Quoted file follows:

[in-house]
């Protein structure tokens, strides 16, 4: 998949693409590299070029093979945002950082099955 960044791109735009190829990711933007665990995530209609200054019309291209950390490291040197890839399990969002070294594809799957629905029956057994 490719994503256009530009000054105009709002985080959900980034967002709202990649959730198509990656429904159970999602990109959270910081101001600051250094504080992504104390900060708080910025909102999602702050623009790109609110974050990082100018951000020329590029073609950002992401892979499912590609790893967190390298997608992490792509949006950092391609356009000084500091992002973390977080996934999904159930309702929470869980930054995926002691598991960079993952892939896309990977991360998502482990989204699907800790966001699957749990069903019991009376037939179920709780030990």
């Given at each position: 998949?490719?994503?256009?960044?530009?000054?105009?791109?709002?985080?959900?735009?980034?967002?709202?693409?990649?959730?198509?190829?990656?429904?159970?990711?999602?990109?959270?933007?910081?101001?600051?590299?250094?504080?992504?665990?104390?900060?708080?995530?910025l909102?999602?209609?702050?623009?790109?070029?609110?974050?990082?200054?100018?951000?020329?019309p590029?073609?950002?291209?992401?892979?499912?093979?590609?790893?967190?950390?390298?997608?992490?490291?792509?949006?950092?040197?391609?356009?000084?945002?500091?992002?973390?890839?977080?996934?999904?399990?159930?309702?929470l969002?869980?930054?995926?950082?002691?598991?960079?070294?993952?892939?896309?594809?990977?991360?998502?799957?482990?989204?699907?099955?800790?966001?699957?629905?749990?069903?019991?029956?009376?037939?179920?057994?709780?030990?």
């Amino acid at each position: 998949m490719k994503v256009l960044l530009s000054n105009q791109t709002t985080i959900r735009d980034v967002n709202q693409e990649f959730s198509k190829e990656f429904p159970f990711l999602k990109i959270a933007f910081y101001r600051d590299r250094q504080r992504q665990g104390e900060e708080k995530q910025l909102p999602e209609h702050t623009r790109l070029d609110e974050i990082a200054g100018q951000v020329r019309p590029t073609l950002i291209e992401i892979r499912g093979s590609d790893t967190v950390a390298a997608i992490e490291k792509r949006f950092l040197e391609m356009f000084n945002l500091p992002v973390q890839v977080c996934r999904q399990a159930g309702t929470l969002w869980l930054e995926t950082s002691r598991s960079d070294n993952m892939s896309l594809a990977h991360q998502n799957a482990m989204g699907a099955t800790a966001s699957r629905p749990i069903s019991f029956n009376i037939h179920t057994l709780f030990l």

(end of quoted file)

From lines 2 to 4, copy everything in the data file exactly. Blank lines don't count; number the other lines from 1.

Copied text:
């Protein structure tokens, strides 16, 4: 998949693409590299070029093979945002950082099955 960044791109735009190829990711933007665990995530209609200054019309291209950390490291040197890839399990969002070294594809799957629905029956057994 490719994503256009530009000054105009709002985080959900980034967002709202990649959730198509990656429904159970999602990109959270910081101001600051250094504080992504104390900060708080910025909102999602702050623009790109609110974050990082100018951000020329590029073609950002992401892979499912590609790893967190390298997608992490792509949006950092391609356009000084500091992002973390977080996934999904159930309702929470869980930054995926002691598991960079993952892939896309990977991360998502482990989204699907800790966001699957749990069903019991009376037939179920709780030990």
């Given at each position: 998949?490719?994503?256009?960044?530009?000054?105009?791109?709002?985080?959900?735009?980034?967002?709202?693409?990649?959730?198509?190829?990656?429904?159970?990711?999602?990109?959270?933007?910081?101001?600051?590299?250094?504080?992504?665990?104390?900060?708080?995530?910025l909102?999602?209609?702050?623009?790109?070029?609110?974050?990082?200054?100018?951000?020329?019309p590029?073609?950002?291209?992401?892979?499912?093979?590609?790893?967190?950390?390298?997608?992490?490291?792509?949006?950092?040197?391609?356009?000084?945002?500091?992002?973390?890839?977080?996934?999904?399990?159930?309702?929470l969002?869980?930054?995926?950082?002691?598991?960079?070294?993952?892939?896309?594809?990977?991360?998502?799957?482990?989204?699907?099955?800790?966001?699957?629905?749990?069903?019991?029956?009376?037939?179920?057994?709780?030990?």
């Amino acid at each position: 998949m490719k994503v256009l960044l530009s000054n105009q791109t709002t985080i959900r735009d980034v967002n709202q693409e990649f959730s198509k190829e990656f429904p159970f990711l999602k990109i959270a933007f910081y101001r600051d590299r250094q504080r992504q665990g104390e900060e708080k995530q910025l909102p999602e209609h702050t623009r790109l070029d609110e974050i990082a200054g100018q951000v020329r019309p590029t073609l950002i291209e992401i892979r499912g093979s590609d790893t967190v950390a390298a997608i992490e490291k792509r949006f950092l040197e391609m356009f000084n945002l500091p992002v973390q890839v977080c996934r999904q399990a159930g309702t929470l969002w869980l930054e995926t950082s002691r598991s960079d070294n993952m892939s896309l594809a990977h991360q998502n799957a482990m989204g699907a099955t800790a966001s699957r629905p749990i069903s019991f029956n009376i037939h179920t057994l709780f030990l």